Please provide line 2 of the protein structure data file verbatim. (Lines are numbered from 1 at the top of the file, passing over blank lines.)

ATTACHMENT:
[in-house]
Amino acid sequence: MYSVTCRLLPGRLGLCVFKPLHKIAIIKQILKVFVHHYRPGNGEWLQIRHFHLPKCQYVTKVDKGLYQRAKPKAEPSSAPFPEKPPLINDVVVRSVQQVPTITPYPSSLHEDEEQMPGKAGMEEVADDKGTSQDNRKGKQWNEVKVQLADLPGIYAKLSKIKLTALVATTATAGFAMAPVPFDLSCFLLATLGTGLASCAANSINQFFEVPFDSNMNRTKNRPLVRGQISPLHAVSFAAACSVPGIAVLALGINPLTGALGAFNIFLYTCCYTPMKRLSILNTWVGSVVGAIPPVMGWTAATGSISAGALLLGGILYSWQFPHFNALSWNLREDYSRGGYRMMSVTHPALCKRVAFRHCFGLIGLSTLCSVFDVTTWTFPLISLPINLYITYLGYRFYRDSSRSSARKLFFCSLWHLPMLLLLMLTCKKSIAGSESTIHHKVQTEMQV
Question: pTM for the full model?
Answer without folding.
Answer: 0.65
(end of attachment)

Amino acid sequence: MYSVTCRLLPGRLGLCVFKPLHKIAIIKQILKVFVHHYRPGNGEWLQIRHFHLPKCQYVTKVDKGLYQRAKPKAEPSSAPFPEKPPLINDVVVRSVQQVPTITPYPSSLHEDEEQMPGKAGMEEVADDKGTSQDNRKGKQWNEVKVQLADLPGIYAKLSKIKLTALVATTATAGFAMAPVPFDLSCFLLATLGTGLASCAANSINQFFEVPFDSNMNRTKNRPLVRGQISPLHAVSFAAACSVPGIAVLALGINPLTGALGAFNIFLYTCCYTPMKRLSILNTWVGSVVGAIPPVMGWTAATGSISAGALLLGGILYSWQFPHFNALSWNLREDYSRGGYRMMSVTHPALCKRVAFRHCFGLIGLSTLCSVFDVTTWTFPLISLPINLYITYLGYRFYRDSSRSSARKLFFCSLWHLPMLLLLMLTCKKSIAGSESTIHHKVQTEMQV